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001    824733616 
003    OCoLC 
005    20150520021315.0 
008    130121t20142014enka     b    001 0 eng d 
020    1906733740 
020    9781906733742 
035    (OCoLC)824733616|z(OCoLC)825735191 
040    YDXCP|beng|erda|cYDXCP|dBTCTA|dERASA|dNDD|dBDX|dOCLCQ
       |dOCLCF|dXII|dVTU|dAS 
043    e-uk--- 
050  4 PN1995.9.C66|bE455 2014 
082 04 791.4365560941|223 
100 1  Elliott, Paul,|d1972-,|eauthor 
245 10 Studying the British crime film /|cby Paul Elliott 
264  1 Leighton Buzzard :|bAuteur,|c2014 
264  4 |c©2014 
300    170 pages :|billustrations ;|c23 cm 
336    text|btxt|2rdacontent 
337    unmediated|bn|2rdamedia 
338    volume|bnc|2rdacarrier 
490 1  Studying British cinema series 
504    Includes bibliographical references (pages 163-167) and 
       index 
505 0  Gangland UK -- The post-millennial gangster film -- The 
       heist -- Bent coppers -- Working girls -- Serial killers -
       - Juvenile delinquency 
520    "Ever since its inception, British cinema has been 
       obsessed with crime and the criminal. One of the first 
       narrative films to be produced in Britain, the 1905 short 
       Rescued by Rover, was a fast paced tale of abduction and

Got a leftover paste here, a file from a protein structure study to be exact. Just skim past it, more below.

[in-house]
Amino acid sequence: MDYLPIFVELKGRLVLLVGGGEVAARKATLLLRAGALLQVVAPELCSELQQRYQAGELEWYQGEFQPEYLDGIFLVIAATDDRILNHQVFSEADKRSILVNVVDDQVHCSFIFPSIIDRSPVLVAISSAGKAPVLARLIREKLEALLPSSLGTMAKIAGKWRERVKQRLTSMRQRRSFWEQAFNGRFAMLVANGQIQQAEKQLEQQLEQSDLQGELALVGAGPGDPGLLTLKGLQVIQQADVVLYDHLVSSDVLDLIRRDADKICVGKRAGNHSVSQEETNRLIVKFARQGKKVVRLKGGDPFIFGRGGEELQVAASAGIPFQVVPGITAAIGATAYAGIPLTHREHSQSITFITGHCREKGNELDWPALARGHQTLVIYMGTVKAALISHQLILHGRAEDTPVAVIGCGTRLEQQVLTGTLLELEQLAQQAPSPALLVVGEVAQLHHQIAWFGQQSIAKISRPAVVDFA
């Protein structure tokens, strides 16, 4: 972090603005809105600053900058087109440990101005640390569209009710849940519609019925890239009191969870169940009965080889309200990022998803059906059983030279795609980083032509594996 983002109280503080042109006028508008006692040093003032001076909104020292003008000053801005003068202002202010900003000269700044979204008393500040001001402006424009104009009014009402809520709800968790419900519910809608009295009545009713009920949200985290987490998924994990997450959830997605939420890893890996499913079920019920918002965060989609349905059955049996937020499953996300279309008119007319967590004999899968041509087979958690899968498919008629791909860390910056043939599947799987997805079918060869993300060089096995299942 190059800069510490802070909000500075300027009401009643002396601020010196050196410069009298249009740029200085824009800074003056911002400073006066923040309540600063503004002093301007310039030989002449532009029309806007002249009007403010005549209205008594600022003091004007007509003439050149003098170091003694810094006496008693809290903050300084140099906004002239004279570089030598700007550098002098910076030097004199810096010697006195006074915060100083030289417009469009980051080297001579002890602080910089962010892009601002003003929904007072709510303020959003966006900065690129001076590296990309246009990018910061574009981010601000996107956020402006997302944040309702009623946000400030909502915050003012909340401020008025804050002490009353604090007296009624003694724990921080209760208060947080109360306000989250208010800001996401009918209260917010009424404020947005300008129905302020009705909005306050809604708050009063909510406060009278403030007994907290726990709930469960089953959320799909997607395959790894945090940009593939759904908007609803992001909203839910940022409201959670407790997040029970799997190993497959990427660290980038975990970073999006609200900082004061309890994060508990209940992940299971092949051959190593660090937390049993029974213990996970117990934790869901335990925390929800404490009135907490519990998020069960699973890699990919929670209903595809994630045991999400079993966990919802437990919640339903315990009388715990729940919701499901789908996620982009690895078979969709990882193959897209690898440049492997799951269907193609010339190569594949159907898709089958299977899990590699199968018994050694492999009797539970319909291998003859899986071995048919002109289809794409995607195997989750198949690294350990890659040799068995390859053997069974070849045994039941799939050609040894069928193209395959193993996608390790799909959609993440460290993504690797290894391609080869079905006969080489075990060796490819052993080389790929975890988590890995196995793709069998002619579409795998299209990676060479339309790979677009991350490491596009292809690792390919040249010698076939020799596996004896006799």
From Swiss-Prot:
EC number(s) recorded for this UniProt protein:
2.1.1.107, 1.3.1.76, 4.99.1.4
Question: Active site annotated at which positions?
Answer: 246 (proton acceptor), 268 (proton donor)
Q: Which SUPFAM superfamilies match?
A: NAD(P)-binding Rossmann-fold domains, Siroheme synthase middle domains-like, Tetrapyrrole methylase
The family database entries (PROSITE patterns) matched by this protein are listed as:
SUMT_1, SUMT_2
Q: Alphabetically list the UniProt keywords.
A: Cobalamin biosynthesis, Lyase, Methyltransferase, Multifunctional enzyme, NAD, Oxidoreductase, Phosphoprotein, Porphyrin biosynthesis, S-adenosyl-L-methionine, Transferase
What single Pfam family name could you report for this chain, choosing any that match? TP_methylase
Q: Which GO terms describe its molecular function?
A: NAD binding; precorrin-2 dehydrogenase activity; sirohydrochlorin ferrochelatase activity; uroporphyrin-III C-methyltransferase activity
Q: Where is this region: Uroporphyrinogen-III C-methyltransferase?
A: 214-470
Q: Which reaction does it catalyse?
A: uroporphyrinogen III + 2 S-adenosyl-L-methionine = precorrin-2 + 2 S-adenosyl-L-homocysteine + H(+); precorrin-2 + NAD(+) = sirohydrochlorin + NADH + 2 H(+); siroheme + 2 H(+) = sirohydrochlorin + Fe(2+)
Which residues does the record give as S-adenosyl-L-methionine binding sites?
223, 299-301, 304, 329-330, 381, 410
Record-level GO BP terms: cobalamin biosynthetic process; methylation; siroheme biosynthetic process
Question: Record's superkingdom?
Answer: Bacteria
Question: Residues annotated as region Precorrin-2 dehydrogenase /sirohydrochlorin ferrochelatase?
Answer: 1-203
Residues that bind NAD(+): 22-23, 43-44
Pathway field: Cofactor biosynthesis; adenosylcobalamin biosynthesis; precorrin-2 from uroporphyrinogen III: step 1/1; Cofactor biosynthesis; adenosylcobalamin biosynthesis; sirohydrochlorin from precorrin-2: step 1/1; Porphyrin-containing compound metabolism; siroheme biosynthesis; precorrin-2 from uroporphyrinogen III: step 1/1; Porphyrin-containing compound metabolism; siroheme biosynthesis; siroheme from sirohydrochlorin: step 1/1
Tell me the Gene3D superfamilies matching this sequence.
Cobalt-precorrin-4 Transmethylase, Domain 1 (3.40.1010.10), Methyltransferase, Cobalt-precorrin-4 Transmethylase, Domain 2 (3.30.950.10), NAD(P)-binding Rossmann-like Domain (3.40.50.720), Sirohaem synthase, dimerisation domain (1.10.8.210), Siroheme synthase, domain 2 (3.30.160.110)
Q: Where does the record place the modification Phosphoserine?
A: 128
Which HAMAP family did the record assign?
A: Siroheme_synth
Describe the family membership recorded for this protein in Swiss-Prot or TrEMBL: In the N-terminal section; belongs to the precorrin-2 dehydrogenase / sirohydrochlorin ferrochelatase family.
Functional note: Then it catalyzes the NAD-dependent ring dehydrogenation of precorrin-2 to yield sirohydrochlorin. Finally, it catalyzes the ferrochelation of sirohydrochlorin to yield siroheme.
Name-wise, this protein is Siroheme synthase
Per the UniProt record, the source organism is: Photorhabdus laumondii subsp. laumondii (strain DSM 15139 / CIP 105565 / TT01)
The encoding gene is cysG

kidnap; the first British sound film, Alfred Hitchcock's 
       Blackmail (1929), was concerned with murder and criminal 
       guilt; and the first ever BAFTA for Best British film was 
       awarded to Carol Reed's 1947 work Odd Man Out, a narrative
       surrounding a failed robbery and prison escape. Yet for a 
       genre that is seemingly so important to the British 
       cinematic character, there is little direct theoretical or
       historical work written upon it. The Britain of British 
       cinema is often written about in terms of its national 
       history, its ethnic diversity or its cultural tradition 
       but very rarely in terms of its criminal tendencies and 
       its darker underbelly. Studying the British Crime Film 
       makes the assumption that, in order to know how British 
       cinema truly works, it is necessary to pull back the 
       veneer of the costume piece, the historical drama or the 
       rom-com and take a glimpse at what hides beneath. Studying
       the British Crime Film looks closely at a variety films 
       relating to different aspects of criminal behaviour, 
       including gangland culture from Brighton Rock (1947) to 
       Essex Boys (2000), the heist film from The League of 
       Gentlemen (1960) to Sexy Beast (2000), from the post-war 
       serial killer of 10 Rillington Place (1971) to the seedy 
       underworld of contemporary Britain in London to Brighton 
       (2006). Each chapter not only offers an in-depth reading 
       of the films under discussion but also guides the reader 
       through the processes of studying British cinema in terms 
       of both genre and nationality, giving practical skills as 
       well as theoretical knowledge."--Publisher's website 
650  0 Crime films|zGreat Britain|xHistory and criticism 
650  0 Motion pictures|xSocial aspects|zGreat Britain 
830  0 Studying British cinema series 
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